Democratic state senator Linda Stewart from Orlando filed legislation Wednesday in hopes of trying to remove barriers on prosecuting rape cases.
“Many young sexual battery victims do not come forward when they are first assaulted,” Stewart said in press release. “Sometimes they don’t understand, sometimes they are afraid, and sometimes they are simply ashamed. Each victim processes these horrendous events in their own way and in their own time. Justice for these children should not be tied to a clock.”
According to Stewart’s office, the bill stems from a case involving a constituent who was sexually abused as a 15-year old high school student and buried her secret for more than 40 years. She later learned that five more girls were also abused, but the teacher was never prosecuted.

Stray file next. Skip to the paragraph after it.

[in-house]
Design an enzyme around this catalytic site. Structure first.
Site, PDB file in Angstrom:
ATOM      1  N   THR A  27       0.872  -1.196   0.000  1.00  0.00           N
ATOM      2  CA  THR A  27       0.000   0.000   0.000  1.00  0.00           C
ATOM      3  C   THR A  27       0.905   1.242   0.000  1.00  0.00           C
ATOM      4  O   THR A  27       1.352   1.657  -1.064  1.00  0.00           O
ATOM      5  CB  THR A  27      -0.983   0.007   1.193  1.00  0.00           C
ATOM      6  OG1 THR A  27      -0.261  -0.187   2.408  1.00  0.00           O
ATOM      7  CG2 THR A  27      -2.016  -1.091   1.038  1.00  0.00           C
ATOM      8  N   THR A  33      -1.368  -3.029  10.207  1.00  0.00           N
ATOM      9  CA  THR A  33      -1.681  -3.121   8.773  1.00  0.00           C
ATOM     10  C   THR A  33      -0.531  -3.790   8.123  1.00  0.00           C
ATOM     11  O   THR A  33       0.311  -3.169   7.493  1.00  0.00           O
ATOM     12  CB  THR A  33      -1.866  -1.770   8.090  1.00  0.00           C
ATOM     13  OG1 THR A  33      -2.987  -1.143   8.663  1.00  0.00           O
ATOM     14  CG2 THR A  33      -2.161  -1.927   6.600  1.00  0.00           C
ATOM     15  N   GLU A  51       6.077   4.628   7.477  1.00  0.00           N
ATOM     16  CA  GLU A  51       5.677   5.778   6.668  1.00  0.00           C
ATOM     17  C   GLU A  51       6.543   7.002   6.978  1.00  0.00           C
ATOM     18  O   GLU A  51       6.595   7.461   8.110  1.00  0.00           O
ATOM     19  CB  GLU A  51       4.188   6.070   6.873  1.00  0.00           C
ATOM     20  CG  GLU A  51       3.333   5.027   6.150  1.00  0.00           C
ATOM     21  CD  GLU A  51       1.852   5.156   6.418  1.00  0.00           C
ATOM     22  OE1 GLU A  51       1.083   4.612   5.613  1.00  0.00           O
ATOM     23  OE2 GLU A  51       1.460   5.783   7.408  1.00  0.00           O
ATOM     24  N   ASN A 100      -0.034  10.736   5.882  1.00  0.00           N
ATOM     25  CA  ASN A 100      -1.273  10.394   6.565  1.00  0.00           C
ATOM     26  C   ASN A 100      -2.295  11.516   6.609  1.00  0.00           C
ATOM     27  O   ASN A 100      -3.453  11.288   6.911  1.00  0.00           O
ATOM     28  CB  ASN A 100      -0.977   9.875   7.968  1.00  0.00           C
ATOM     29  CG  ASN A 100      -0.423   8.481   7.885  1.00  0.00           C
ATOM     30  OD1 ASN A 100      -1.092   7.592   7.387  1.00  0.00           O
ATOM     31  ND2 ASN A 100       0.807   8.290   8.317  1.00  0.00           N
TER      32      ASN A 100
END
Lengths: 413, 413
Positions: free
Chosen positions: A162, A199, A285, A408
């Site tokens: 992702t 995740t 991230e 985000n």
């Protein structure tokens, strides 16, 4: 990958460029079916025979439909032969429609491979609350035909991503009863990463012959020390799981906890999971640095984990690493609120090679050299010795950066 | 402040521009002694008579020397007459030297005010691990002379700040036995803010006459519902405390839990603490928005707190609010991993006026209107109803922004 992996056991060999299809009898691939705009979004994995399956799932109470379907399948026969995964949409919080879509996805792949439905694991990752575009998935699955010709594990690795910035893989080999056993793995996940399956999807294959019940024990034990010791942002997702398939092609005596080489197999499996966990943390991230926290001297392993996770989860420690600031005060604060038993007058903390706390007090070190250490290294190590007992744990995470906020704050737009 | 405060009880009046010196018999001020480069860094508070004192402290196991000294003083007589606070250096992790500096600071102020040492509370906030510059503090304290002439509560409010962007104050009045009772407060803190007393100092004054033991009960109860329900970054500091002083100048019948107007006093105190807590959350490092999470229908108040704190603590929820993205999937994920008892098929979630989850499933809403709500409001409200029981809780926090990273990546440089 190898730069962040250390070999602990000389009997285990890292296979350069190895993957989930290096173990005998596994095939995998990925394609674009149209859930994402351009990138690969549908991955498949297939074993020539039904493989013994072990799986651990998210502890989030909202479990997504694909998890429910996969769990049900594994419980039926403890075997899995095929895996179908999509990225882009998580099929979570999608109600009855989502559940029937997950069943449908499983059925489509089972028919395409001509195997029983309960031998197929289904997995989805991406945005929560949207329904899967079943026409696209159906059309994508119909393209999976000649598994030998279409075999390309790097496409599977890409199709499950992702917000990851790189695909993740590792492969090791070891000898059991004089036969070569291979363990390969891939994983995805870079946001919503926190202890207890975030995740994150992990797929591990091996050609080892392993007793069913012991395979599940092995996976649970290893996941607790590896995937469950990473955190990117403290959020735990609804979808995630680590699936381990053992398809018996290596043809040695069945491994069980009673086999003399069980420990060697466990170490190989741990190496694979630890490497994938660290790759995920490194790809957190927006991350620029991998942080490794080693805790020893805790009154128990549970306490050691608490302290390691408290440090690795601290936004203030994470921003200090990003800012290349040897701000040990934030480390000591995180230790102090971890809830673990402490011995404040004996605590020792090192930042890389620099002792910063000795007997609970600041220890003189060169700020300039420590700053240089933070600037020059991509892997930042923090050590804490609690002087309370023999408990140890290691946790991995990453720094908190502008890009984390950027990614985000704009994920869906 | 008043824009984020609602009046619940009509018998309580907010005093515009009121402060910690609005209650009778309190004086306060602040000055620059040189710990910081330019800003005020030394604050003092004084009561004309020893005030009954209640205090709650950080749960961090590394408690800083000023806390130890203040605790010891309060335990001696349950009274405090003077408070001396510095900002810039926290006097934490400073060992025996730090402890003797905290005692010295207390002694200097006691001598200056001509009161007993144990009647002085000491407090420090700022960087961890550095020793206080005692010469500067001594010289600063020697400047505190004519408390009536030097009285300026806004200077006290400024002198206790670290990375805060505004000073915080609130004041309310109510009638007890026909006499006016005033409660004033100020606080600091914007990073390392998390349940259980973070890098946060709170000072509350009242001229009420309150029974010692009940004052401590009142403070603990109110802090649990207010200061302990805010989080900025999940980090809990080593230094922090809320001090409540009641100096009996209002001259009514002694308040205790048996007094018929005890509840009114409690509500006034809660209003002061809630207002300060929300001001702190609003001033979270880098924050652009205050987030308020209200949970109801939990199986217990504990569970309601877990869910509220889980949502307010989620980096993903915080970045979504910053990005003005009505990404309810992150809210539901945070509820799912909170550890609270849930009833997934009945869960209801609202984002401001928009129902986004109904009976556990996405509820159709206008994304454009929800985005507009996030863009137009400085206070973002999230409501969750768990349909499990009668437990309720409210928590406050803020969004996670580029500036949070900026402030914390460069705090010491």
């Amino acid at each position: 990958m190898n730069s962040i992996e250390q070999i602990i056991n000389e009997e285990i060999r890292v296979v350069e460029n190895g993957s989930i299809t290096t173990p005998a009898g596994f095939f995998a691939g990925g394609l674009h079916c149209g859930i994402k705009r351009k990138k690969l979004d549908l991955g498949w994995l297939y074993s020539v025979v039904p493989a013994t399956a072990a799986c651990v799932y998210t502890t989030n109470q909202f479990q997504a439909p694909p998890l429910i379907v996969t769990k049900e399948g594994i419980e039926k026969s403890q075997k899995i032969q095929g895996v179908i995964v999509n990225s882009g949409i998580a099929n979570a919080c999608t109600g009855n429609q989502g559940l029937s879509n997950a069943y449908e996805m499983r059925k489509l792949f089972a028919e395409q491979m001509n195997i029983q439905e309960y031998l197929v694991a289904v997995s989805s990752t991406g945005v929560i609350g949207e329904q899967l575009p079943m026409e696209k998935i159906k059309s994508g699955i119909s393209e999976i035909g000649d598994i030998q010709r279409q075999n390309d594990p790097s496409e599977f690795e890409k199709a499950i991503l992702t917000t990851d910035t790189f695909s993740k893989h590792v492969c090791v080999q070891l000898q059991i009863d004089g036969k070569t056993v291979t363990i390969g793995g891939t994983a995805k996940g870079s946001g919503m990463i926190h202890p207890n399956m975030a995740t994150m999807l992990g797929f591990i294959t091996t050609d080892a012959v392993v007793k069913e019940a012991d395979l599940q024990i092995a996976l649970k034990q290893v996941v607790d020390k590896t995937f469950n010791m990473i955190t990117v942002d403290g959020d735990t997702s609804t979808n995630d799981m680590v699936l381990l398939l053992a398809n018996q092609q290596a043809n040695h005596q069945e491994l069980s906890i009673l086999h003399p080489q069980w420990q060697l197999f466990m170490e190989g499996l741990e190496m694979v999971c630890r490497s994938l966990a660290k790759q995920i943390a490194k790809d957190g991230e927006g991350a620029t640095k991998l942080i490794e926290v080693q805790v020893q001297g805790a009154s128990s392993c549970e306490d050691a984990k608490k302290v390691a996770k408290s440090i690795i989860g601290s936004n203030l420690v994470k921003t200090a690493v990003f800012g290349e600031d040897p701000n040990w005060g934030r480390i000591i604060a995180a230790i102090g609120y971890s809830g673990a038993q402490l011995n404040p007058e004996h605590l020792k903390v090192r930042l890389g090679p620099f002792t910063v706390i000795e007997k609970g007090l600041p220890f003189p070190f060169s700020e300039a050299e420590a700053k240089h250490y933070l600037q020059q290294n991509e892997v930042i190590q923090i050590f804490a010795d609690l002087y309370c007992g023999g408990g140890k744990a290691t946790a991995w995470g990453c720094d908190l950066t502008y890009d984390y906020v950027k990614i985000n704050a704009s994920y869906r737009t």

Stewart’s bill, if passed, would change the law so that a sexual felony could be prosecuted at any time if the victim was under 18 when he or she was attacked.
Under the current state law prosecuting first-degree felonies has to start within four years of the crime. Prosecuting other levels of felonies must start within, at most, three years of the offense.
SB 130 would take effect July 1, 2019, if it passes during the 2019 legislative session.